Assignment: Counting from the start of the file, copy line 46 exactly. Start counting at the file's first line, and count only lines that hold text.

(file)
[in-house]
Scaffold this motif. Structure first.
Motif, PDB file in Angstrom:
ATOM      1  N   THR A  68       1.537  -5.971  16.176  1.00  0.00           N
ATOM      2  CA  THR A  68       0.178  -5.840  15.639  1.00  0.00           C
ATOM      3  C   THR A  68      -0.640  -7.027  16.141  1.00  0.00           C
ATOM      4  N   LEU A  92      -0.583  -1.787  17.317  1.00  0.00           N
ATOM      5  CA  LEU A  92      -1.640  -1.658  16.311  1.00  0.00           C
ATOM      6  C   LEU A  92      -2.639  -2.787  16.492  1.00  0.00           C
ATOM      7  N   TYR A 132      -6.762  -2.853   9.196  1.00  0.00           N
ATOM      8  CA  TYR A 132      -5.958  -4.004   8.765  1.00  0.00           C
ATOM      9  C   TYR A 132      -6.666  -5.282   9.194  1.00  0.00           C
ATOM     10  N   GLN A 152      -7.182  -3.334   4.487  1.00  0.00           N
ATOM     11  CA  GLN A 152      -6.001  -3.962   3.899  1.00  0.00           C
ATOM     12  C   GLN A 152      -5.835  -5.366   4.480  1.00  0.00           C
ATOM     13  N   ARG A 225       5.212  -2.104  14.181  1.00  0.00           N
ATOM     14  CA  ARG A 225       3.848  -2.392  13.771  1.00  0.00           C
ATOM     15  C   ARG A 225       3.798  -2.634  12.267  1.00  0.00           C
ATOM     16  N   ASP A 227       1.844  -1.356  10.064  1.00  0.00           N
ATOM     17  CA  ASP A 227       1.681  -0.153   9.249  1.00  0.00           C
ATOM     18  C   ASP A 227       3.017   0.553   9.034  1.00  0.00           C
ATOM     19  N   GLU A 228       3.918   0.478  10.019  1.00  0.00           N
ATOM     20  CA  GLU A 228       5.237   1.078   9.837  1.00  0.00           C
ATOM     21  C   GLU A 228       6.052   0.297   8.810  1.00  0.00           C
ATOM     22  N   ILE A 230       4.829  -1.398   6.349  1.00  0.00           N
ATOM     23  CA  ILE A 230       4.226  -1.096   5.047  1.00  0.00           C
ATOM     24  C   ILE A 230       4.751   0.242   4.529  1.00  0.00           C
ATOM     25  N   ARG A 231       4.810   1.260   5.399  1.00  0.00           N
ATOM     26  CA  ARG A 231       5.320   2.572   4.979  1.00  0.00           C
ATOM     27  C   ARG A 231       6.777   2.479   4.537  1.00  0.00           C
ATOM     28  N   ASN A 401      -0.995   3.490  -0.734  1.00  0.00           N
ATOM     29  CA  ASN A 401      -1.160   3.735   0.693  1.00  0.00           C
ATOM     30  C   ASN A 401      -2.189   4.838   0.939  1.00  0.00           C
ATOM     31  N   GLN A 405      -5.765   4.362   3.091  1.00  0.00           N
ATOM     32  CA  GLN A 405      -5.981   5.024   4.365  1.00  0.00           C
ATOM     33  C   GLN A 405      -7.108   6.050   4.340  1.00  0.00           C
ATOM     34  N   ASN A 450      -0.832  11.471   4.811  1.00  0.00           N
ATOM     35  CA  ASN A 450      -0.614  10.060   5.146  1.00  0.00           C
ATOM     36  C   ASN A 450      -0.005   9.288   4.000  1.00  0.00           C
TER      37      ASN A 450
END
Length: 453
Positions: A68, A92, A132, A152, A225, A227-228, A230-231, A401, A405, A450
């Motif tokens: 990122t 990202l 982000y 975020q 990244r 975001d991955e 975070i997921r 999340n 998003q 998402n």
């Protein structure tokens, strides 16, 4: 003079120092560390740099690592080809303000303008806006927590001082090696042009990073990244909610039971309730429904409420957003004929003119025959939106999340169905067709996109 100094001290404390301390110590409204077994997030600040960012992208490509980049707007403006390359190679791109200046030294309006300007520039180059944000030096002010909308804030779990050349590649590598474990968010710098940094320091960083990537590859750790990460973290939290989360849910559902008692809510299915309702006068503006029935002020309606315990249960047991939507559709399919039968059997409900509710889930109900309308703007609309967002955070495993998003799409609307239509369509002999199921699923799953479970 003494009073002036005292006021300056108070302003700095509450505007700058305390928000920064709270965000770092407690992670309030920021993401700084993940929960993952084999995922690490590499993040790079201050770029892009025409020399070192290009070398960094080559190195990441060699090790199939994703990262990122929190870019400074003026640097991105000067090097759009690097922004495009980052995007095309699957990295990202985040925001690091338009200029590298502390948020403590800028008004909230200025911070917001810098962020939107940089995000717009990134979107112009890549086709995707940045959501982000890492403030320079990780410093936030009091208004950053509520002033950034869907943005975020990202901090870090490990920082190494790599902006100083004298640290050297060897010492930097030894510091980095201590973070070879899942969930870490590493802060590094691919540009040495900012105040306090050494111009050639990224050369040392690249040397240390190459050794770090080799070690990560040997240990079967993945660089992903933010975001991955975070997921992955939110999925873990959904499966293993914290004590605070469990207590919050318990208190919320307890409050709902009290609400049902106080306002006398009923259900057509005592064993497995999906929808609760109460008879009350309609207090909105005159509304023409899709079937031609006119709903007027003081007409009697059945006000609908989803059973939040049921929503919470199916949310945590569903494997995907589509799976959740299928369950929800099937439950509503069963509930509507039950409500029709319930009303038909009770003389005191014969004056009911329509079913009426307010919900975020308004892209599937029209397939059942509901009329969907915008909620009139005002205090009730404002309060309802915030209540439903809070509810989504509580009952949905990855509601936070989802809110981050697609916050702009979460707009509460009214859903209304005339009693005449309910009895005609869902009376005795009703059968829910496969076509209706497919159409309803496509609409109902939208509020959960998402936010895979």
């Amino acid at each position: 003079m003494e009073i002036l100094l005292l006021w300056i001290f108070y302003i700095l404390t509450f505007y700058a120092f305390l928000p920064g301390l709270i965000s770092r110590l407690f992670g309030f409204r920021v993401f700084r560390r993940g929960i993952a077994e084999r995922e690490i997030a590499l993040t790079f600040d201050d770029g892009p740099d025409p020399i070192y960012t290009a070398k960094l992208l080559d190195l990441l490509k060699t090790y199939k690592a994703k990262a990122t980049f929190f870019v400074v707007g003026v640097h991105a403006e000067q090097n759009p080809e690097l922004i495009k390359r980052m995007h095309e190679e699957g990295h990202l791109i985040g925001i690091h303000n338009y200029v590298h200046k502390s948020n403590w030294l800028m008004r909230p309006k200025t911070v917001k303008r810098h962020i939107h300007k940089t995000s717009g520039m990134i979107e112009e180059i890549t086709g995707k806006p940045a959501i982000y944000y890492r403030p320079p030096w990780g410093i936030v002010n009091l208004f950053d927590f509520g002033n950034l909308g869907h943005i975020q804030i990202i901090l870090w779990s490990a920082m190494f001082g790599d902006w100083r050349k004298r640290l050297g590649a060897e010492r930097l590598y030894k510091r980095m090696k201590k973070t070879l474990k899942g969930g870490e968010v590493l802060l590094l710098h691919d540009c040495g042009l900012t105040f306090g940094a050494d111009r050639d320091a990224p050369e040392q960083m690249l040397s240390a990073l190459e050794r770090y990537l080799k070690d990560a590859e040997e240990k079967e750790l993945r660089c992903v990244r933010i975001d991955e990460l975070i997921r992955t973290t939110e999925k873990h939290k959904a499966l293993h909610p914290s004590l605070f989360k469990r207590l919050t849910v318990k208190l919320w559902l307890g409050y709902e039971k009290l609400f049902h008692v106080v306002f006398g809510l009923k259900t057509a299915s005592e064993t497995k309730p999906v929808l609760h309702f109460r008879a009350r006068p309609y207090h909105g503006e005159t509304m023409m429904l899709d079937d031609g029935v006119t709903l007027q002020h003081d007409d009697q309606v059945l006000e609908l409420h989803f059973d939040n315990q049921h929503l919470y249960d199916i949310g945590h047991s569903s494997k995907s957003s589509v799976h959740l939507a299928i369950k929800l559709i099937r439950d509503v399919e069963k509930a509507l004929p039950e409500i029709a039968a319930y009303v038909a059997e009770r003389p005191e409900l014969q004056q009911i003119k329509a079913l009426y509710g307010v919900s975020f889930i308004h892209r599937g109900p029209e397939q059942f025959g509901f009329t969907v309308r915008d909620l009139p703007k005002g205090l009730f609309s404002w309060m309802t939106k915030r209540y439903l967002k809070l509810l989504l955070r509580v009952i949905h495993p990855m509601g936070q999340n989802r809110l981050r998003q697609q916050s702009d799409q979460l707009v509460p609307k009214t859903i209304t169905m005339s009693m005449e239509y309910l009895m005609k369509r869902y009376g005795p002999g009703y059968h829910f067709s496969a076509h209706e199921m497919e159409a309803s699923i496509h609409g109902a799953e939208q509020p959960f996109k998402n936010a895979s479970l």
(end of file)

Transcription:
């Amino acid at each position: 003079m003494e009073i002036l100094l005292l006021w300056i001290f108070y302003i700095l404390t509450f505007y700058a120092f305390l928000p920064g301390l709270i965000s770092r110590l407690f992670g309030f409204r920021v993401f700084r560390r993940g929960i993952a077994e084999r995922e690490i997030a590499l993040t790079f600040d201050d770029g892009p740099d025409p020399i070192y960012t290009a070398k960094l992208l080559d190195l990441l490509k060699t090790y199939k690592a994703k990262a990122t980049f929190f870019v400074v707007g003026v640097h991105a403006e000067q090097n759009p080809e690097l922004i495009k390359r980052m995007h095309e190679e699957g990295h990202l791109i985040g925001i690091h303000n338009y200029v590298h200046k502390s948020n403590w030294l800028m008004r909230p309006k200025t911070v917001k303008r810098h962020i939107h300007k940089t995000s717009g520039m990134i979107e112009e180059i890549t086709g995707k806006p940045a959501i982000y944000y890492r403030p320079p030096w990780g410093i936030v002010n009091l208004f950053d927590f509520g002033n950034l909308g869907h943005i975020q804030i990202i901090l870090w779990s490990a920082m190494f001082g790599d902006w100083r050349k004298r640290l050297g590649a060897e010492r930097l590598y030894k510091r980095m090696k201590k973070t070879l474990k899942g969930g870490e968010v590493l802060l590094l710098h691919d540009c040495g042009l900012t105040f306090g940094a050494d111009r050639d320091a990224p050369e040392q960083m690249l040397s240390a990073l190459e050794r770090y990537l080799k070690d990560a590859e040997e240990k079967e750790l993945r660089c992903v990244r933010i975001d991955e990460l975070i997921r992955t973290t939110e999925k873990h939290k959904a499966l293993h909610p914290s004590l605070f989360k469990r207590l919050t849910v318990k208190l919320w559902l307890g409050y709902e039971k009290l609400f049902h008692v106080v306002f006398g809510l009923k259900t057509a299915s005592e064993t497995k309730p999906v929808l609760h309702f109460r008879a009350r006068p309609y207090h909105g503006e005159t509304m023409m429904l899709d079937d031609g029935v006119t709903l007027q002020h003081d007409d009697q309606v059945l006000e609908l409420h989803f059973d939040n315990q049921h929503l919470y249960d199916i949310g945590h047991s569903s494997k995907s957003s589509v799976h959740l939507a299928i369950k929800l559709i099937r439950d509503v399919e069963k509930a509507l004929p039950e409500i029709a039968a319930y009303v038909a059997e009770r003389p005191e409900l014969q004056q009911i003119k329509a079913l009426y509710g307010v919900s975020f889930i308004h892209r599937g109900p029209e397939q059942f025959g509901f009329t969907v309308r915008d909620l009139p703007k005002g205090l009730f609309s404002w309060m309802t939106k915030r209540y439903l967002k809070l509810l989504l955070r509580v009952i949905h495993p990855m509601g936070q999340n989802r809110l981050r998003q697609q916050s702009d799409q979460l707009v509460p609307k009214t859903i209304t169905m005339s009693m005449e239509y309910l009895m005609k369509r869902y009376g005795p002999g009703y059968h829910f067709s496969a076509h209706e199921m497919e159409a309803s699923i496509h609409g109902a799953e939208q509020p959960f996109k998402n936010a895979s479970l």